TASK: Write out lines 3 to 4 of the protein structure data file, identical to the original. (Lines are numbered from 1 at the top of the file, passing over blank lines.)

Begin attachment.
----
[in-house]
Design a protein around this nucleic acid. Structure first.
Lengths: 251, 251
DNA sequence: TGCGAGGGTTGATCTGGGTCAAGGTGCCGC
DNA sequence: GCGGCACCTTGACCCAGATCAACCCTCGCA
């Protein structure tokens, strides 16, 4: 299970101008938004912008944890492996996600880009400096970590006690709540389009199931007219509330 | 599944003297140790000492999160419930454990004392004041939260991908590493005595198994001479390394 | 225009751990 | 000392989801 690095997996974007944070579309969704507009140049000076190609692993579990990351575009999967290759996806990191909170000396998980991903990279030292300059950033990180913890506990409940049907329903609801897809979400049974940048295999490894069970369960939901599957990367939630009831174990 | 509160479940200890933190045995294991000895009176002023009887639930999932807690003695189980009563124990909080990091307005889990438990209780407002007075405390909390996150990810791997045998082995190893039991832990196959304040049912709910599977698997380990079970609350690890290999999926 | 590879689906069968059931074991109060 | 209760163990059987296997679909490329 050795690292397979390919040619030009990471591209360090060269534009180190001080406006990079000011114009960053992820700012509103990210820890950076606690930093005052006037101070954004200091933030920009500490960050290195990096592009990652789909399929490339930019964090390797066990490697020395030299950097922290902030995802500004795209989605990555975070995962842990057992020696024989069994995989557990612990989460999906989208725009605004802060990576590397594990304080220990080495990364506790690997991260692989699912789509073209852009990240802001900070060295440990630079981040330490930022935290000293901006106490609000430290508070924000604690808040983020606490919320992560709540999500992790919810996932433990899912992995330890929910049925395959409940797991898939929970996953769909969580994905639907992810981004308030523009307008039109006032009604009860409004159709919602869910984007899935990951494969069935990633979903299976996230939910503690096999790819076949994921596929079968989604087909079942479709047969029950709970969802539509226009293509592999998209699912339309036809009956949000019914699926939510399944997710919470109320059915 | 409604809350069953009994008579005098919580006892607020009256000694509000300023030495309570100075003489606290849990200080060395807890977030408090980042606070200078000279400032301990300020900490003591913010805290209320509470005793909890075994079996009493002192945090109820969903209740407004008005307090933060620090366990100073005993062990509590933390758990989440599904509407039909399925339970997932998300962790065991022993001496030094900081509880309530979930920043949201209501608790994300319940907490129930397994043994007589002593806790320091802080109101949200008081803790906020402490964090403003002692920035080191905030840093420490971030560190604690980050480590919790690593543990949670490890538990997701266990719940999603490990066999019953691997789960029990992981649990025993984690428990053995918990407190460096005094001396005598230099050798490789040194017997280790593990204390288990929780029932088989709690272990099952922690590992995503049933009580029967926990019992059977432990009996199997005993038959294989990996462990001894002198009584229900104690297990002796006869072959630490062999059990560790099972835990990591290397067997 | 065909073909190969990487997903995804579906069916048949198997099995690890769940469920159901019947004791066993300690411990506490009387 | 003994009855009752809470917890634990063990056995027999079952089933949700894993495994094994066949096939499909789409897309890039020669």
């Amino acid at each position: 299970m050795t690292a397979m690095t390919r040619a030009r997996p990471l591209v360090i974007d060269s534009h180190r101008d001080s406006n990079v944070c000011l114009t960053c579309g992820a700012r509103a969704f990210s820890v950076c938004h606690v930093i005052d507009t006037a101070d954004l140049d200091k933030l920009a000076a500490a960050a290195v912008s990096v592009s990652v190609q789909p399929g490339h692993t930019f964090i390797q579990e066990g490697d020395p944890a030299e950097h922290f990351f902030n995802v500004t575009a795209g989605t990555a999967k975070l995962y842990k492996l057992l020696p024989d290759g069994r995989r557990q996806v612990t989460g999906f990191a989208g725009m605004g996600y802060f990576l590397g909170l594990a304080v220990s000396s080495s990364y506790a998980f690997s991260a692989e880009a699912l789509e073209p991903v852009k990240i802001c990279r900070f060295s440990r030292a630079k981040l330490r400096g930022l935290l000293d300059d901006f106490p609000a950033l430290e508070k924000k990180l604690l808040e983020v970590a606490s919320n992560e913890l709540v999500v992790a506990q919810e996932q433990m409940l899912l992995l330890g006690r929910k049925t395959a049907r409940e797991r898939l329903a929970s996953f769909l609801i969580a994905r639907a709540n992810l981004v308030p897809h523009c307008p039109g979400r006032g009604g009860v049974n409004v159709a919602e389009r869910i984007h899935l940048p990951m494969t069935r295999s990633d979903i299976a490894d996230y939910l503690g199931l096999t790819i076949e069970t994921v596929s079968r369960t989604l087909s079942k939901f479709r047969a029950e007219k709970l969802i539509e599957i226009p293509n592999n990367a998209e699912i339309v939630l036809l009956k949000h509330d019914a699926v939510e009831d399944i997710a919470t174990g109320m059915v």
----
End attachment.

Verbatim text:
Lengths: 251, 251
DNA sequence: TGCGAGGGTTGATCTGGGTCAAGGTGCCGC